I often can't help but wonder where I would be, had I have been relying on the NHS and had be left with a GP who didn't have the time or empathy that I needed. I was first sent to a free "talking therapy", where the specifics weren't on my illness, but on my general well being, and while this was a good enough experience it wasn't sufficient when I developed full blown Agoraphobia. I am forever grateful that I am part of a family who were financially stable enough to get me into private Cognitive Behavioral Therapy when I needed it most. I was seen within a week of inquiring and have been in continuing treatment ever since, for 18 months. In start contrast, pursuing mental health treatment via the NHS is torturous and extremely inefficient. After an initial consultation with a doctor, you will be put on a waiting list for therapy for about six months. Usually, to tide you over for those 6 months, you will be given medication. While I was fortunate enough to choose medication on my own accord, for those treated by the NHS, it isn't an option. In 2012, Avivia's Health of the Nation Report surveyed 202 GP and found that 75% had prescribed medication even though they felt psychological therapies would be more effective. After those 6 months are up, you will receive a letter informing you that you are close to the top of the list. When you finally get your place in treatment, you only get 6 months of treatment provided. I know for certain, that if I had to wait 6 months for treatment, I wouldn't have made it to 18. I regularly hear stories of people, who were made to wait those months out alone, and subsequently took their own lives in the meantime. There has to be a better way. 

I feel as though I could talk about this for hours, the statistics are shocking and utterly terrifying. To know that I live in a world where, if for some horrendous reason, I was left without the financial support I have now (touch wood), I would suddenly be alone without treatment for 6 months straight is harrowing. I've got enough anxiety to worry about. I don't know how to approach the idea of budgeting, but I am certain that if we have to start somewhere then we ought to start with understanding. It is shocking how few medical professionals have satisfactory knowledge on all the various mental illnesses. And while no one person can be flawless when it comes to understanding these things, it is a core reason why so many patients are left without the support and treatment they require, because the doctors they see aren't aware of the signs or severity of what they're dealing with. I went un-diagnosed for an entire year, despite seeing multiple doctors. If a single one had simply asked the right questions, maybe I would be in a better place today. Looking back now, it's almost humorous how obvious it was that the symptoms I was presenting with collectively added up to anxiety.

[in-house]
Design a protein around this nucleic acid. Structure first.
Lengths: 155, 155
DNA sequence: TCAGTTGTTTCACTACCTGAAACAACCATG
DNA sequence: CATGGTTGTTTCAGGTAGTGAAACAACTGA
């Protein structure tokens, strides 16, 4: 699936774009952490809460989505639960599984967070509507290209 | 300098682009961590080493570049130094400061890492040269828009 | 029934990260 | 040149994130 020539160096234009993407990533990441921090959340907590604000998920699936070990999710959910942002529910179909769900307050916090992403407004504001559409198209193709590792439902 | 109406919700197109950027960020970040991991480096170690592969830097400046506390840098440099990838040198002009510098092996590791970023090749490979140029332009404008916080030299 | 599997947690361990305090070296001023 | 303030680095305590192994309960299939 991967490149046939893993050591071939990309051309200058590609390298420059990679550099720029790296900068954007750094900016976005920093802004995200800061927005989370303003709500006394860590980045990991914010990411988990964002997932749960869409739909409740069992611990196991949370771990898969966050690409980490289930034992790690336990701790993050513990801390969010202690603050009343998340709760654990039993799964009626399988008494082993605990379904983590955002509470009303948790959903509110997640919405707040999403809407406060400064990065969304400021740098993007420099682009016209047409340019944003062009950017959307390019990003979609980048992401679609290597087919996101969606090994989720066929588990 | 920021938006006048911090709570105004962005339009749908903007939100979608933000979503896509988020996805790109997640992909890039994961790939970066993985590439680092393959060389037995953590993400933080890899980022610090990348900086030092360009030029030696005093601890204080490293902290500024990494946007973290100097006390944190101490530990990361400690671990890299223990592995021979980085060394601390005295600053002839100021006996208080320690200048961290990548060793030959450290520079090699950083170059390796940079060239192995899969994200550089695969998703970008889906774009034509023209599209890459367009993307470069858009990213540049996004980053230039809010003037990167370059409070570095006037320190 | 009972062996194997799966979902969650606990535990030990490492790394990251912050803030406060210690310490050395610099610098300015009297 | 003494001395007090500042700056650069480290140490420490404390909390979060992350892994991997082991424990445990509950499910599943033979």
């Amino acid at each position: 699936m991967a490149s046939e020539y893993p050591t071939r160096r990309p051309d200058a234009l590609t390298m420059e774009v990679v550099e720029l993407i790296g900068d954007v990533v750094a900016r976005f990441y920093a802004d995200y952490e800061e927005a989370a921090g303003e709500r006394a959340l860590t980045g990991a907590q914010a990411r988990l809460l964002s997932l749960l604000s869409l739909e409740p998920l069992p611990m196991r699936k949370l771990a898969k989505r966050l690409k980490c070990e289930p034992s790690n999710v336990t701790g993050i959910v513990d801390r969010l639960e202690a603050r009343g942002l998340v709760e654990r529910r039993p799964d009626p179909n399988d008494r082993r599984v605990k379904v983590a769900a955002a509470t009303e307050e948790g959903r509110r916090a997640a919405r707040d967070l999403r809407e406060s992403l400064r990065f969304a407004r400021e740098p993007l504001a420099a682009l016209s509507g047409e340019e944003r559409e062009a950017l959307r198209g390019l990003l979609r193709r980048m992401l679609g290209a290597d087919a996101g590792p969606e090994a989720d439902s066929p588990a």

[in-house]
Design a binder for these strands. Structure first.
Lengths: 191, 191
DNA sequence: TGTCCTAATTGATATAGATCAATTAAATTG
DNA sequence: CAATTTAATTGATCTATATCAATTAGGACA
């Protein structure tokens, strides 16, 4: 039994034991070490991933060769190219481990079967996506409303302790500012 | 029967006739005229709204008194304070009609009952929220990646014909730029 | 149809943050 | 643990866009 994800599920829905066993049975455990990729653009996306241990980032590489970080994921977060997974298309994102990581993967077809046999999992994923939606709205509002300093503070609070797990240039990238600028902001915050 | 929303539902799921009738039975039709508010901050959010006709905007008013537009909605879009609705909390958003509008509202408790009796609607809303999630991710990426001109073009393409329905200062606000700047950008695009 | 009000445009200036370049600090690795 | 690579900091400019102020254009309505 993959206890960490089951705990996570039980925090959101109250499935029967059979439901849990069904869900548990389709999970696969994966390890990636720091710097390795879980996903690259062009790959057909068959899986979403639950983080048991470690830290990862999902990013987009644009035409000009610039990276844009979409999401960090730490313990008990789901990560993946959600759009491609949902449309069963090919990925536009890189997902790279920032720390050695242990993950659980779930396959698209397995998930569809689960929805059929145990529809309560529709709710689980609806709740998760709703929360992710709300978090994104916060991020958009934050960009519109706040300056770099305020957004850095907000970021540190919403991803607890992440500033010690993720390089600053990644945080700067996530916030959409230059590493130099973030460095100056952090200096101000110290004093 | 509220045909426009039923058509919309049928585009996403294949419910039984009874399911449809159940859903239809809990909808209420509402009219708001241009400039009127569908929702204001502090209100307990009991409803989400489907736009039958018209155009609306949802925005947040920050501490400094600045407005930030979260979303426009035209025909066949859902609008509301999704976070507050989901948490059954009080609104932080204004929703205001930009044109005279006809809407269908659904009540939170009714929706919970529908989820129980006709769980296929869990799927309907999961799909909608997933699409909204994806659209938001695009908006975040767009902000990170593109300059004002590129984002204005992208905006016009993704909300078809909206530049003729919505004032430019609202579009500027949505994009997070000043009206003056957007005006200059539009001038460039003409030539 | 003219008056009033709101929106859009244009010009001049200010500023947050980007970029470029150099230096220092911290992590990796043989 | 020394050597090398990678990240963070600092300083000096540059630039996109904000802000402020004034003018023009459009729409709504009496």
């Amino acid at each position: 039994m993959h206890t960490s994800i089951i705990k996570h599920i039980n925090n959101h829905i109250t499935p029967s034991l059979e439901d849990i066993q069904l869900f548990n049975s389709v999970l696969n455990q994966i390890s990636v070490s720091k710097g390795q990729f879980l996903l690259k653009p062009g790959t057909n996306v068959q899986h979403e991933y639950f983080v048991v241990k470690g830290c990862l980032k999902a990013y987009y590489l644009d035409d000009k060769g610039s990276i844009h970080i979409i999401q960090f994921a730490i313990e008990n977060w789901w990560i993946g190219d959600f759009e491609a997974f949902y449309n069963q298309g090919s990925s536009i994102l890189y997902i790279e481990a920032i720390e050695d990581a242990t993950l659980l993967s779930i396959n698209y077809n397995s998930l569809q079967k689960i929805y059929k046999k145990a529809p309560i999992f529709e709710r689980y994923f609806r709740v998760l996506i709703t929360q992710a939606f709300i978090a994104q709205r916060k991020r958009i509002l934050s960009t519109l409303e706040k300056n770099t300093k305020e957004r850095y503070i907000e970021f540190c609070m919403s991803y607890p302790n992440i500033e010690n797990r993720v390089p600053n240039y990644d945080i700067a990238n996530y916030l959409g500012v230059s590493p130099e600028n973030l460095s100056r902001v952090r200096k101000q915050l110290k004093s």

The most important factor in making a change here is understanding the medical severity of mental illnesses, and accepting that just because you consider them to be invisible does not in any way mean they can be made to feel lower in importance. You wouldn't postpone the treatment of a chronic physical illness, and mental illness should be the same. In many if not most cases, it is still a life or death situation. The national healthcare system in place pushes mental illness aside, because they cannot see the damage done, they cannot watch the illness spread. There is no sense of urgency, all through a lack of understanding, and that is exactly where change needs to begin.